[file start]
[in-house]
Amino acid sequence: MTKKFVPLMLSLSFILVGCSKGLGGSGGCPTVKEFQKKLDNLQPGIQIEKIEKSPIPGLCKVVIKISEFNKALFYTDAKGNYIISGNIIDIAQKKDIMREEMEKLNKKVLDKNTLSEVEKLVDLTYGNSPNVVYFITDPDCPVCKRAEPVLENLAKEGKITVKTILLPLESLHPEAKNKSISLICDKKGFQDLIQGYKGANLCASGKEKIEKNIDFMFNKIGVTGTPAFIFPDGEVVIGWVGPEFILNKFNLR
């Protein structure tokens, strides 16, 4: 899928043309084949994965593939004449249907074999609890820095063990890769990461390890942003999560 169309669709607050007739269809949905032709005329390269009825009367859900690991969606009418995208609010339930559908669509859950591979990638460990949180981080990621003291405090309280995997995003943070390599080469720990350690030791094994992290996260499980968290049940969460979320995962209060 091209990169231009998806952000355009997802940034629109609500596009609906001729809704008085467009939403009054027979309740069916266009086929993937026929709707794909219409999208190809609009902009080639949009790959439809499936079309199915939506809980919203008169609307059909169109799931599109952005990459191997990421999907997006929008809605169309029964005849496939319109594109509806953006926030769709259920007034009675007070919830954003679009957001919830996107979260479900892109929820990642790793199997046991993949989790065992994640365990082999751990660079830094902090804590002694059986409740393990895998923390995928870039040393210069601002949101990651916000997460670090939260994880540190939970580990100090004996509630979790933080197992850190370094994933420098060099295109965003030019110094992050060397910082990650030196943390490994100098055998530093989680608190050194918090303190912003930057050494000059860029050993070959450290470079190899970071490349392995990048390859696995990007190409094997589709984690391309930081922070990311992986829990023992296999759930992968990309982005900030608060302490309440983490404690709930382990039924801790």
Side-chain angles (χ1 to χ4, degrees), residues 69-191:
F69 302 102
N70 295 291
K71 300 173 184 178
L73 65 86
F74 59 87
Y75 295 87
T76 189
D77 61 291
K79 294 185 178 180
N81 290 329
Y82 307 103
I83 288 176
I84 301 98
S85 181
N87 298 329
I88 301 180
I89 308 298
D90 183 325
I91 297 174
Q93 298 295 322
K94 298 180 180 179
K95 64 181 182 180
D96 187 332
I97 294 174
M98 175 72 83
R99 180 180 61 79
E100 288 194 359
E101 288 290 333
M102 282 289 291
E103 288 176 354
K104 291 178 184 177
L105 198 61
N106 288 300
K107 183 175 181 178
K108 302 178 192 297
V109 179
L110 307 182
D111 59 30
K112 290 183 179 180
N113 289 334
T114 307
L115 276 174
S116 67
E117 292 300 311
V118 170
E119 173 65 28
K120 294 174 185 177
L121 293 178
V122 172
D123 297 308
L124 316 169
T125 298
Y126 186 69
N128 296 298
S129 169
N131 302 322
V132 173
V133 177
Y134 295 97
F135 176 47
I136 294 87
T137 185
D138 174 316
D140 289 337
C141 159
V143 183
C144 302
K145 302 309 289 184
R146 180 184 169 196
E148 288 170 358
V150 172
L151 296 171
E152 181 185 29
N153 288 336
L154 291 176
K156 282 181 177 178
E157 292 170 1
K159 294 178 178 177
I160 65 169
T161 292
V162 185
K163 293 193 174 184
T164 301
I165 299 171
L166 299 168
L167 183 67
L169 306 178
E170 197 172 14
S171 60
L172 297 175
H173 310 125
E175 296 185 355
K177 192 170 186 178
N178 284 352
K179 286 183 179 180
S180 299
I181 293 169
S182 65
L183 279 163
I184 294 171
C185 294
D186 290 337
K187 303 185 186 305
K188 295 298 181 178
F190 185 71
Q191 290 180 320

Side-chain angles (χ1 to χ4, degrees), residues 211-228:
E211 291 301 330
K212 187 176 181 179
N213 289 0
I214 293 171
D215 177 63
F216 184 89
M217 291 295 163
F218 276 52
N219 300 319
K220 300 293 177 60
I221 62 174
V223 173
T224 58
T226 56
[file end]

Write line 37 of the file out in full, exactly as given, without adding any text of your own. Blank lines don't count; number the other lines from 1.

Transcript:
N106 288 300